11Do not cast me away from your presence, and do not take your holy spirit from me. 12Restore to me the joy of your salvation, and sustain in me a willing spirit.13Then I will teach transgressors your ways, and sinners will return to you.14Deliver me from bloodshed, O God, O God of my salvation, and my tongue will sing aloud of your deliverance.

15O Lord, open my lips, and my mouth will declare your praise.

16For you have no delight in sacrifice; if I were to give a burnt offering, you would not be pleased.17The sacrifice acceptable to God is a broken spirit; a broken and contrite heart, O God, you will not despise. 18Do good to Zion in your good pleasure; rebuild the walls of Jerusalem, 19then you will delight in right sacrifices, in burnt offerings and whole burnt offerings; then bulls will be offered on your altar.

 

We can’t overlook the role Nathan plays.  For Nathan to be obedient to the call on his life to confront his King with a hard truth took a great deal of courage.  The call to “speak truth to power,” referring to the responsibility of challenging leaders by bringing Gospel values to the policy makers and the marketplace is not new.  Being part of the advantaged and entitled majority and having been well represented by the authorities it is painfully difficult to advocate for the those unjustly treated.  Do you see this as part of your Christian responsibility? How might you “speak truth to power” in your life or work?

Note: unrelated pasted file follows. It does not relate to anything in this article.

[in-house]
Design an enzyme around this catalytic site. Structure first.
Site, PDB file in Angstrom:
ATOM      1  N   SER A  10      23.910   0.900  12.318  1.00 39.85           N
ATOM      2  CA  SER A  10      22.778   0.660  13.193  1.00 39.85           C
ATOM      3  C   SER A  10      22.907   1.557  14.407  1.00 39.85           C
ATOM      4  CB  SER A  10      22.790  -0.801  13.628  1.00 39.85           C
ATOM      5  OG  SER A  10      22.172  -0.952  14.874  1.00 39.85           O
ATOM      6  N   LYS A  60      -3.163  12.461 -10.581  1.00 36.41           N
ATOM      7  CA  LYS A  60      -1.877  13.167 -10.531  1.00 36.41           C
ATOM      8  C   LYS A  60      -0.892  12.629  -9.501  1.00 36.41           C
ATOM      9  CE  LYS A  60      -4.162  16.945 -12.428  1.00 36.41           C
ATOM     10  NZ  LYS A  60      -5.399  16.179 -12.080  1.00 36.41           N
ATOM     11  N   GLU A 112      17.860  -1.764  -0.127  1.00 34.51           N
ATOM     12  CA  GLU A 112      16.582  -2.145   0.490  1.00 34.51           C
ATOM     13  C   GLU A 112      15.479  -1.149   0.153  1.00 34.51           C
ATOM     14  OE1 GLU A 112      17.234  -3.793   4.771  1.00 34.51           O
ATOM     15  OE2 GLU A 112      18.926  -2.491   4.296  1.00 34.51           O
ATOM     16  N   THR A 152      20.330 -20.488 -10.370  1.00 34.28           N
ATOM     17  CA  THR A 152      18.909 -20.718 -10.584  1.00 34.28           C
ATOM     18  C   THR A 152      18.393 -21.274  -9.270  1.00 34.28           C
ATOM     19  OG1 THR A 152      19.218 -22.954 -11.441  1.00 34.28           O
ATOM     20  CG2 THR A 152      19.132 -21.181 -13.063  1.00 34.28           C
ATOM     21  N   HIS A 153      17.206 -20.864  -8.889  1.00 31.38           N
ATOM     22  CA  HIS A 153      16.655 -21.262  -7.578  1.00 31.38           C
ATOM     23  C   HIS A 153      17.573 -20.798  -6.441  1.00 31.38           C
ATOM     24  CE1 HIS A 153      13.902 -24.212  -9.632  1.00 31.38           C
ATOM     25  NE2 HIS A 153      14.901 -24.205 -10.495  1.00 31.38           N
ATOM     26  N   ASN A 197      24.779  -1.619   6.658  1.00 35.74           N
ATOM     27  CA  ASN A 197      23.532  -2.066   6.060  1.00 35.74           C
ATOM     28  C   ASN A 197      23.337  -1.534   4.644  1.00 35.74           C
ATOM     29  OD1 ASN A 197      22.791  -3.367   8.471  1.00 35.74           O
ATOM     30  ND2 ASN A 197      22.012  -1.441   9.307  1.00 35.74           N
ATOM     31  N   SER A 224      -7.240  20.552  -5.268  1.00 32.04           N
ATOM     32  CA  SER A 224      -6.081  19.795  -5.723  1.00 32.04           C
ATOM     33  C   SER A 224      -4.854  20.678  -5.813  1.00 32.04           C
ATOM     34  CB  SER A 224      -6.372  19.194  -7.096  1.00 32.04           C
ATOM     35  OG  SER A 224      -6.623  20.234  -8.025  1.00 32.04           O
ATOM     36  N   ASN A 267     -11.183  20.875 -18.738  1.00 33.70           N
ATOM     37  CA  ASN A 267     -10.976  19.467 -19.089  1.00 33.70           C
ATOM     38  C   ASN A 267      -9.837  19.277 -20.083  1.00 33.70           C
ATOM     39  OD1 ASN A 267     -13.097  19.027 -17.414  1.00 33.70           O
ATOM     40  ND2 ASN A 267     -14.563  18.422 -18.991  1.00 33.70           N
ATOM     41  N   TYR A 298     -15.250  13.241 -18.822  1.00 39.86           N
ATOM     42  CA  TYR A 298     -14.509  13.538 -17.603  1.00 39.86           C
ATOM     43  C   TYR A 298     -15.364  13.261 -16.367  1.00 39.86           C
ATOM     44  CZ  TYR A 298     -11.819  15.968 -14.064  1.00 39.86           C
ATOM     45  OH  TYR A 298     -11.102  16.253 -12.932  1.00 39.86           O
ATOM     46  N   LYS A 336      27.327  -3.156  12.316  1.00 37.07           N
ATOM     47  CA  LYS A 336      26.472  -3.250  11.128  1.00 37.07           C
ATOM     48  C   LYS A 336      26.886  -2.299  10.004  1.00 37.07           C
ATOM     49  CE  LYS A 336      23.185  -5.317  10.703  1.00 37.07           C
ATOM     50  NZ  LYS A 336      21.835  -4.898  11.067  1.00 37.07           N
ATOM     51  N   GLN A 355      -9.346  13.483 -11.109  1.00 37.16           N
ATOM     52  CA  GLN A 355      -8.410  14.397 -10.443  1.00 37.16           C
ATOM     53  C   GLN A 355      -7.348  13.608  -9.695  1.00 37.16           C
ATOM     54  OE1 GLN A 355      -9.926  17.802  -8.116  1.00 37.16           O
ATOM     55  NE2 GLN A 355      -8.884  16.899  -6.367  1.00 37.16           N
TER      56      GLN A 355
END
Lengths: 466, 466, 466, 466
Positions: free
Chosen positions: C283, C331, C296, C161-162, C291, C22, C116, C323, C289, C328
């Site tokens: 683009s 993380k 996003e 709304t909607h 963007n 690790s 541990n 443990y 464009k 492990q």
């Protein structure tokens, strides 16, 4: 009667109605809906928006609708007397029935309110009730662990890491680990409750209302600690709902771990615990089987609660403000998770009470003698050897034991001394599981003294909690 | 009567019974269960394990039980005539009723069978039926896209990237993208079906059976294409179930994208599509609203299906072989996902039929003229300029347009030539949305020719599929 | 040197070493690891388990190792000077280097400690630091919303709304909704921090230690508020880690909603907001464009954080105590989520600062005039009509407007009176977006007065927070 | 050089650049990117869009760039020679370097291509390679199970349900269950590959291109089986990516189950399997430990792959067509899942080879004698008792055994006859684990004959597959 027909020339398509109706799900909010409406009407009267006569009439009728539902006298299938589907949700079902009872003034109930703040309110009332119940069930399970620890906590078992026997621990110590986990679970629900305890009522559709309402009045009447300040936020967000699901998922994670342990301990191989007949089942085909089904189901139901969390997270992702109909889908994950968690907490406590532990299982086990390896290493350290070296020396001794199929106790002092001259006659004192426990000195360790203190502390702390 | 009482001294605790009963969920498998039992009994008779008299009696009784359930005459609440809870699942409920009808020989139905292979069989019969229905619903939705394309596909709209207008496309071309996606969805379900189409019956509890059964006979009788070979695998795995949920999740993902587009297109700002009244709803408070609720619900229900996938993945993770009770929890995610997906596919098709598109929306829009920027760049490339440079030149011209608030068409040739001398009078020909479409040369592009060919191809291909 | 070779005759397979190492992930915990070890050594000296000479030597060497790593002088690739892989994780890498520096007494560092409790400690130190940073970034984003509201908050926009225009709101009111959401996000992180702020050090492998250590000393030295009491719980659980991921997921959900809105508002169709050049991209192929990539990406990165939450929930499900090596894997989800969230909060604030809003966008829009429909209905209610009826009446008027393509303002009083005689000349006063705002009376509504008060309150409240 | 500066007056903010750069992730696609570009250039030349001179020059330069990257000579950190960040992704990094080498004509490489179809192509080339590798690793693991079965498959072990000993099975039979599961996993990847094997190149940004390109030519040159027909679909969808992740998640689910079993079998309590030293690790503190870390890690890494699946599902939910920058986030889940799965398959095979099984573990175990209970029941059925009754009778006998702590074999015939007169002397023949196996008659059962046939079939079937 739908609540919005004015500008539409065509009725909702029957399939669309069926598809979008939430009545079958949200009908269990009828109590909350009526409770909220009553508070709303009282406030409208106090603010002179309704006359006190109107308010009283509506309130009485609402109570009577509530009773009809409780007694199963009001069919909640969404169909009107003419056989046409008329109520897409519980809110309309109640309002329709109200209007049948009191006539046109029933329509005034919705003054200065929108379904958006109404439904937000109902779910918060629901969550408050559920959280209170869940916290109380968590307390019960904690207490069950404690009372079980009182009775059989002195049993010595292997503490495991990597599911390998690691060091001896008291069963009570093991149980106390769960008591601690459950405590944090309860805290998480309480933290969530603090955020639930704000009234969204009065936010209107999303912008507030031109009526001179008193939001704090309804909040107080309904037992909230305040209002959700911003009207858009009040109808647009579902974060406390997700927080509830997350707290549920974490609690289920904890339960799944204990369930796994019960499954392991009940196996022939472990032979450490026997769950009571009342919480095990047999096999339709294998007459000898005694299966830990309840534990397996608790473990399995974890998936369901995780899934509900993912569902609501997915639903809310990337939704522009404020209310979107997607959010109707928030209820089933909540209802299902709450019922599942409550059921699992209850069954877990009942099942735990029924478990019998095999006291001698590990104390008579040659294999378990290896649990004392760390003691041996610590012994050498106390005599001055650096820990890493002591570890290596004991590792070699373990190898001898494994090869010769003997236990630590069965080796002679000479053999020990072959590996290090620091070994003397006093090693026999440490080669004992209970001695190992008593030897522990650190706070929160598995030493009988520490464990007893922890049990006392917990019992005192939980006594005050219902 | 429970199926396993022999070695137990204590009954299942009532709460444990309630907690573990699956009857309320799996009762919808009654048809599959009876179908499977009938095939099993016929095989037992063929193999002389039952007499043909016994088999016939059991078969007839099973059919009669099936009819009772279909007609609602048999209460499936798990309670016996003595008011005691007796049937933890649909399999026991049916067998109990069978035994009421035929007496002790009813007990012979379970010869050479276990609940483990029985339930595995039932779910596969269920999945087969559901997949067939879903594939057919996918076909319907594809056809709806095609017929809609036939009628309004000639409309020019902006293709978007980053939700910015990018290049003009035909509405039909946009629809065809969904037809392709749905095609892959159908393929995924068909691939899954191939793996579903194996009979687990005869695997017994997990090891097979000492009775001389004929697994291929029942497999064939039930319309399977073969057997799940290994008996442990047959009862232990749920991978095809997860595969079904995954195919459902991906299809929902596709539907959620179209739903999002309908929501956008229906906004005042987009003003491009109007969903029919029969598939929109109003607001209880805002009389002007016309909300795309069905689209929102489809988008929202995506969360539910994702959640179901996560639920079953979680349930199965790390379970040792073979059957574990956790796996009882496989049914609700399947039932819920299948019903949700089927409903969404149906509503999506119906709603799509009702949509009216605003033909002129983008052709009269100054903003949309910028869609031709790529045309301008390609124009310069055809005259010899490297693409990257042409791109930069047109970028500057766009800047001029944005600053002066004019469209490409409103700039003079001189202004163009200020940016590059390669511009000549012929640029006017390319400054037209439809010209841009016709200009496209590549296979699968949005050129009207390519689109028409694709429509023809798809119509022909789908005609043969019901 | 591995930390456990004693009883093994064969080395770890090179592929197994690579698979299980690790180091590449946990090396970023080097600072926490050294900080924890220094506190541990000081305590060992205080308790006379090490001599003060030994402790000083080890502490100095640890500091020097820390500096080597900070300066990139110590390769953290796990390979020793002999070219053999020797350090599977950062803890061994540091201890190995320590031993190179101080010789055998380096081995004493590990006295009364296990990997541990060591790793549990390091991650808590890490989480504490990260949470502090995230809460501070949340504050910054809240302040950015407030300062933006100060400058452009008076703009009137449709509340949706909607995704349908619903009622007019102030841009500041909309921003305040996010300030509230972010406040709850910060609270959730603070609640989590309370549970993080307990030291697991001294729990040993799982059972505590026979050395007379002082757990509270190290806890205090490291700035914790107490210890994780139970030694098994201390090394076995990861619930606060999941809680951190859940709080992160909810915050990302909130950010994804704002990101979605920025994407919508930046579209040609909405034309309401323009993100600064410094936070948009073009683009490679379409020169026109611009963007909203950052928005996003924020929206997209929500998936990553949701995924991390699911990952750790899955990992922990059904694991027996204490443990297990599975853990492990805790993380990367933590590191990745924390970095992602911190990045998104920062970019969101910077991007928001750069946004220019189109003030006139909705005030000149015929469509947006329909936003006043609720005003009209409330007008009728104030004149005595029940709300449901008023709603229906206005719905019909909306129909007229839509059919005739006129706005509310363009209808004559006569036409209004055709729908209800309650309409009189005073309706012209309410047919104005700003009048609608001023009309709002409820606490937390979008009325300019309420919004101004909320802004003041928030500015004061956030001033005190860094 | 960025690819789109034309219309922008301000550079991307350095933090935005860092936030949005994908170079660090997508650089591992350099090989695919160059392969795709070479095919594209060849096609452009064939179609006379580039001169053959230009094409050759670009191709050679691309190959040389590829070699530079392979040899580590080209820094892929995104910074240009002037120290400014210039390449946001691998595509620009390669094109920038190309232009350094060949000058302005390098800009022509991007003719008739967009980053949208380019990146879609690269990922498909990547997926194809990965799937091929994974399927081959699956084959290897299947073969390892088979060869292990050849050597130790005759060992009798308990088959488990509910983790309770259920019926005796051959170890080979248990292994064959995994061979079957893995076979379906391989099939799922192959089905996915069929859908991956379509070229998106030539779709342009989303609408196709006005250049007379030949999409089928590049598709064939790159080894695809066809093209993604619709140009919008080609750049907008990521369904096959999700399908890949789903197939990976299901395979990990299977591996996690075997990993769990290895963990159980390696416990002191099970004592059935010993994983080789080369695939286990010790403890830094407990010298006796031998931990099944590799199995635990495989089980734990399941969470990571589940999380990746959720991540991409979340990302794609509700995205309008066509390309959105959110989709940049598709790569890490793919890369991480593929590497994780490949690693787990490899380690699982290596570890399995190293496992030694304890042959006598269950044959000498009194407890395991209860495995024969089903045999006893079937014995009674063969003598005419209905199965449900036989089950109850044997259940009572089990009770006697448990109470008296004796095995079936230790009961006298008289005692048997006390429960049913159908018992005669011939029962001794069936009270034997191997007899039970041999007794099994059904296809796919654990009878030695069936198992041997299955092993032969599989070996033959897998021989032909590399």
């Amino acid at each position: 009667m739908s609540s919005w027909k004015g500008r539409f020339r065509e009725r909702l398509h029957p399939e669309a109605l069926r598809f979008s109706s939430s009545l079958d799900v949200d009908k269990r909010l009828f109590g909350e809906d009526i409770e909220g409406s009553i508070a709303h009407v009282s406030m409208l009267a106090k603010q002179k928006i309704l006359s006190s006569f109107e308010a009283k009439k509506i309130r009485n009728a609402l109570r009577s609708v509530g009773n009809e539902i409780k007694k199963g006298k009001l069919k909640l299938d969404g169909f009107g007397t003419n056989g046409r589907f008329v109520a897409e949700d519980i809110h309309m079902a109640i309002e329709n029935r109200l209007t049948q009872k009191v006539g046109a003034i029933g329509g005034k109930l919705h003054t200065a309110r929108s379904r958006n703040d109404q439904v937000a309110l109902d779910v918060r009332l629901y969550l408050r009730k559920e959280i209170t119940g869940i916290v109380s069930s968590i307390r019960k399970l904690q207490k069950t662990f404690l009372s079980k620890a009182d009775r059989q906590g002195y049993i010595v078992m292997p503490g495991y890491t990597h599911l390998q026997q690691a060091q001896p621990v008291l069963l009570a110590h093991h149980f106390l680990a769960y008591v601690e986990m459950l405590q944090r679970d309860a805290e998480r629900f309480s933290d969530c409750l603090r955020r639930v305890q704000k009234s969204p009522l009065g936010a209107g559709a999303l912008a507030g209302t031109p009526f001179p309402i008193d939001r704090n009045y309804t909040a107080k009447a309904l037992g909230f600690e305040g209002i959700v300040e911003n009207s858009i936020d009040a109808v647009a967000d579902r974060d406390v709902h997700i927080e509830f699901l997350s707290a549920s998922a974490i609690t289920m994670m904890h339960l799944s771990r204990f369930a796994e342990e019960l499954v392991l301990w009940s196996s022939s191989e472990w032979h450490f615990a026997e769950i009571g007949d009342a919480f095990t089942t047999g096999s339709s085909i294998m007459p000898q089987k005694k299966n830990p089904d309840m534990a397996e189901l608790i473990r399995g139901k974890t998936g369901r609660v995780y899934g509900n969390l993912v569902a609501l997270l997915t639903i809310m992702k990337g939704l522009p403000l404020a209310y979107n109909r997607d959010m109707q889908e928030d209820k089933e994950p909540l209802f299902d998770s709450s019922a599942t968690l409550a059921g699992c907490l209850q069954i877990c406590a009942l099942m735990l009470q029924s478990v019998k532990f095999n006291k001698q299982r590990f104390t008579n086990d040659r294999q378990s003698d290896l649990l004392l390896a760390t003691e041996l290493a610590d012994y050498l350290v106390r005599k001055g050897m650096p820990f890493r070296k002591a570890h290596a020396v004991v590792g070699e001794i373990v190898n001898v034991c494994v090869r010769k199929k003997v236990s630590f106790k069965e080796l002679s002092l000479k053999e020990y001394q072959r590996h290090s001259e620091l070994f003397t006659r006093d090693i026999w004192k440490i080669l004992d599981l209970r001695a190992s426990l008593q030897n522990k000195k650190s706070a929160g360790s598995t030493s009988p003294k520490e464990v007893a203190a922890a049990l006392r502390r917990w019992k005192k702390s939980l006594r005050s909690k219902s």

David’s prayer consists of a number of noteworthy elements, most prominently, perhaps, the emphasis on the theme of “cleansing.”  He begs not merely for forgiveness, that he escape punishment, but also that he be “laundered” and “purified” from his sin. He asks for purification with “hyssop” which refers to the purification process required of a leper before they could enter the Temple.  David recognizes that his misdeed not only renders him worthy of punishment, but also leaves an indelible impression upon his soul; it hampers his ability to reach greater spiritual heights, just as the leper’s condition bars him from entering the Temple.  He calls on God for not only forgiveness, but for purification, for the complete eradication of the sin’s effects from his being so that he can continue his life of sanctity and Godliness.  He prays “Create for me a pure heart, O God, and renew within me a proper spirit.  Do not cast me away from You, and do not take from me Your sacred spirit.”